If you’ve invested in life insurance to protect your children’s future in the unfortunate event of your death, you might want to consider a trust to hold the money for them. Trusts aren’t only for the wealthy; they can be a useful tool for young families as well.

A trust holds assets, including property and money, for young beneficiaries such as children. You decide how the assets are managed and used, and you can appoint a trustee to oversee the process.

Here’s how they apply to life insurance: When opening a life insurance policy, instead of naming your children as beneficiaries, name the trust and trustee. If you pass away, the trustee will manage the trust according to the rules you set.

Be careful when naming beneficiaries

What is the danger in simply naming your children as beneficiaries of your life insurance policy? If you do meet an untimely end while your kids are still minors, the life insurance company cannot pay out any benefits until the court appoints a guardian, costing time and money for court costs and attorney fees.

Another option is to name an adult custodian to manage your kids’ inheritance under the UTMA, or Uniform Transfers to Minors Act. Your life insurance agent can assist in setting up a UTMA account and name a custodian when buying a policy. Similar to a trustee, the custodian will supervise the money until your children reach legal adulthood. At that point, your kids will receive whatever cash is left.

Advantages of a trust

If you have a small policy, passing on a lump sum could work. But there are potential risks in an 18- or 21-year-old receiving a large lump sum. Even if your children are responsible individuals, they likely do not have the experience necessary to make fully informed decisions, leaving them vulnerable.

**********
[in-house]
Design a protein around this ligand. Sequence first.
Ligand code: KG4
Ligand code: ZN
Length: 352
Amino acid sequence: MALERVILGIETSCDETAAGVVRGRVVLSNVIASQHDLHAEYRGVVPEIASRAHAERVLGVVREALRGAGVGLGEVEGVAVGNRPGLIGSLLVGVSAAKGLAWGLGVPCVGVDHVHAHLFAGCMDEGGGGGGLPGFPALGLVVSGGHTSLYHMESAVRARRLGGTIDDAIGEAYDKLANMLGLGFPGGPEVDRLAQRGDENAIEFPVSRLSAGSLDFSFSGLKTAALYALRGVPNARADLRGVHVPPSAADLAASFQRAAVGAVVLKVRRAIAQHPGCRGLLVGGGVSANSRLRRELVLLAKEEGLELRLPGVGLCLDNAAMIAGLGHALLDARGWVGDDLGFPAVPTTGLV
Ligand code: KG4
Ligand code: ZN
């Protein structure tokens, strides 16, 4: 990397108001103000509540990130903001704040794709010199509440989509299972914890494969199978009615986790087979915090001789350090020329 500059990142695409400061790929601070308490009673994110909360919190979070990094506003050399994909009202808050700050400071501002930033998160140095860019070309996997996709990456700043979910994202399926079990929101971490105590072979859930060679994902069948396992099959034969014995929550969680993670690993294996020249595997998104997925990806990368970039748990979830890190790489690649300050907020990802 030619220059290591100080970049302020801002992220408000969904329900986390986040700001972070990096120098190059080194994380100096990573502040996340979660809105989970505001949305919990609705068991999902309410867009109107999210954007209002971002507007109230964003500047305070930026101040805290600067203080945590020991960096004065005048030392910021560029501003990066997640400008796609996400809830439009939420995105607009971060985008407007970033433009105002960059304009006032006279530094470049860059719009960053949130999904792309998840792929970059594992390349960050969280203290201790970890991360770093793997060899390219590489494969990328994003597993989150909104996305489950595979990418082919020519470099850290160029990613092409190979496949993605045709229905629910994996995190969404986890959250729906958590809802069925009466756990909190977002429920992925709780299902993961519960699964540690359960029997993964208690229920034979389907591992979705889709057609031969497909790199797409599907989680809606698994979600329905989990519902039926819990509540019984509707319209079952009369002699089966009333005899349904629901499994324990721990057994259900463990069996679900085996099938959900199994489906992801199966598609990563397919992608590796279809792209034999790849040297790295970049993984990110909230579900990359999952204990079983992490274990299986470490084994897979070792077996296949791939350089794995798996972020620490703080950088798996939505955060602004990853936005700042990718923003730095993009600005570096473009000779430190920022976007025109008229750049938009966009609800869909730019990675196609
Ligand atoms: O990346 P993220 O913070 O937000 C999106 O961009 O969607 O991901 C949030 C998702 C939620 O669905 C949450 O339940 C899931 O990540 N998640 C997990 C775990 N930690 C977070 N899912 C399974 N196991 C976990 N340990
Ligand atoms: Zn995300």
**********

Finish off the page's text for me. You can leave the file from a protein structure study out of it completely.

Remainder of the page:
A trust provides more flexibility than the UTMA transfer. For example, you can arrange for a trust to pay your children’s upkeep and college tuition costs. It could then distribute portions of the remaining money at specified times, like their 25th and 30th birthdays.

Types of trusts

Trusts can be revocable or irrevocable. Revocable trusts can be changed, or even ended, during your lifetime, while irrevocable trusts cannot be undone. Wealthy people use irrevocable trusts to protect heirs from estate taxes, and property within them is generally not included as part of an estate for tax purposes. Federal estate taxes currently only apply to estates valued at over $5.43 million per person and $10.86 million per married couple. These values change annually depending on inflation rates. Unless you are very wealthy, a revocable trust will probably suffice.

It is important for families to meet with someone with experience when discussing all aspects of a financial plan before fully committing to them. Once a plan is in place it can be difficult to revise, so it’s best to get it right the first time.

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